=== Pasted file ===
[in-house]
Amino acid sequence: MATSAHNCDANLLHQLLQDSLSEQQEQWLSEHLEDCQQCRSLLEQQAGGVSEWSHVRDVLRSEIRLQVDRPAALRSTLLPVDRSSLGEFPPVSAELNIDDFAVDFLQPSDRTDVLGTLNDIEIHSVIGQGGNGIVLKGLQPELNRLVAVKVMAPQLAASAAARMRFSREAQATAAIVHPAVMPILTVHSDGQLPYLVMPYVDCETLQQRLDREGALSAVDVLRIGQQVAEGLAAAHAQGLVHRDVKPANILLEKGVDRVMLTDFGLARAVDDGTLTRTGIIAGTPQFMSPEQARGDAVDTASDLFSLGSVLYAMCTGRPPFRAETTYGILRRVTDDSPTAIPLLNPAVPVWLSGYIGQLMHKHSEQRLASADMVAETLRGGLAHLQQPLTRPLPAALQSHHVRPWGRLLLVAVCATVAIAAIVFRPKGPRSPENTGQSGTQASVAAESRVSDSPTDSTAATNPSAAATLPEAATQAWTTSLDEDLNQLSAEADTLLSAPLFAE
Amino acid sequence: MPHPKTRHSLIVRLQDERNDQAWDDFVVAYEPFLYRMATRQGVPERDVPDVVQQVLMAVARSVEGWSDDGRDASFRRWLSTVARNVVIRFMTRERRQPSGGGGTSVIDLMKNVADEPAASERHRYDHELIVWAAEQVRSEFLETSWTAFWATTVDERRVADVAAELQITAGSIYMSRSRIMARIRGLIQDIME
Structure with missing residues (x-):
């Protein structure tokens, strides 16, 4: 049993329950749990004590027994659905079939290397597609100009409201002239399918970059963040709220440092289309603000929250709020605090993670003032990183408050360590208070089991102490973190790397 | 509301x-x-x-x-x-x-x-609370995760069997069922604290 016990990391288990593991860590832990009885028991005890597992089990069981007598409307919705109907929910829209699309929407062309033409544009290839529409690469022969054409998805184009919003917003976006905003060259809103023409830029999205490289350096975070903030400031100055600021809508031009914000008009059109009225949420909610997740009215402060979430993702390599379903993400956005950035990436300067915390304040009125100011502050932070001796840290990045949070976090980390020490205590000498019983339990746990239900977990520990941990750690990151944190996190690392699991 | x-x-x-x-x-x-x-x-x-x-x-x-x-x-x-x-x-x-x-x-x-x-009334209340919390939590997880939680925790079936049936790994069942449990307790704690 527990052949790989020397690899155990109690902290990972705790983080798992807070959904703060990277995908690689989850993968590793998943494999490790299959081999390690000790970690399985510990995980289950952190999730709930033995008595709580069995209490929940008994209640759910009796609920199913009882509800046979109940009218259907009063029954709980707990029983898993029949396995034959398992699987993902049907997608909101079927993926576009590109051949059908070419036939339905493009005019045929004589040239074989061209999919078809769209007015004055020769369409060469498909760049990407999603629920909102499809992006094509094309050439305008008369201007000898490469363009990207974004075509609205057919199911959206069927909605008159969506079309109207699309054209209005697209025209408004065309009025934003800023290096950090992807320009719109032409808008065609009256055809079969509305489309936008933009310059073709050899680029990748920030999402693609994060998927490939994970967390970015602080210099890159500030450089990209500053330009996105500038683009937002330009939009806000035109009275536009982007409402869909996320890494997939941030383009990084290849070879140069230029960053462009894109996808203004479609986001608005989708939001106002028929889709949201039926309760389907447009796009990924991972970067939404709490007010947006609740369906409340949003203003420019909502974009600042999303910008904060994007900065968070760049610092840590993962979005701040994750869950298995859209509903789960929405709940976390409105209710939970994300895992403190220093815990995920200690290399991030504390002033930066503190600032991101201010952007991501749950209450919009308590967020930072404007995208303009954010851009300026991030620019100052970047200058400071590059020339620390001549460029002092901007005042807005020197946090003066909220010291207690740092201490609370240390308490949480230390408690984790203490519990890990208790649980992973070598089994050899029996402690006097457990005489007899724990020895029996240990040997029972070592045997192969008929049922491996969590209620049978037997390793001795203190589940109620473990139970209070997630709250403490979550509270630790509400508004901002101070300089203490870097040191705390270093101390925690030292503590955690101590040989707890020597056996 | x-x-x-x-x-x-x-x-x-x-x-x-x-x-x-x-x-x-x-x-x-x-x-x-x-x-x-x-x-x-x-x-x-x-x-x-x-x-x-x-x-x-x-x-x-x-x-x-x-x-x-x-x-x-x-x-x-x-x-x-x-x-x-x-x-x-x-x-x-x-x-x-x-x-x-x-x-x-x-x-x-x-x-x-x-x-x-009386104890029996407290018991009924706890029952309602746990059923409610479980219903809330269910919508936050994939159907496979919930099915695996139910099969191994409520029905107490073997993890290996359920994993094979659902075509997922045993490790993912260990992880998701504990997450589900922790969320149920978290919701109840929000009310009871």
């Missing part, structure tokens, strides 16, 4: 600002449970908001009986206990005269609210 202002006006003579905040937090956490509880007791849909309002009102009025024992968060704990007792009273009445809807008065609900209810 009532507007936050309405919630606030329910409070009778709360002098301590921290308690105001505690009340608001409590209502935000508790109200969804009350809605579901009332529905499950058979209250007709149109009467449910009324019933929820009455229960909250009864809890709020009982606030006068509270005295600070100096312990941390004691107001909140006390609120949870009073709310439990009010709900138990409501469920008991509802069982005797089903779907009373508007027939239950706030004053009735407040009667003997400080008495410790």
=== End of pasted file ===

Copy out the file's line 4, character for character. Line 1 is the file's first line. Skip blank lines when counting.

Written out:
Structure with missing residues (x-):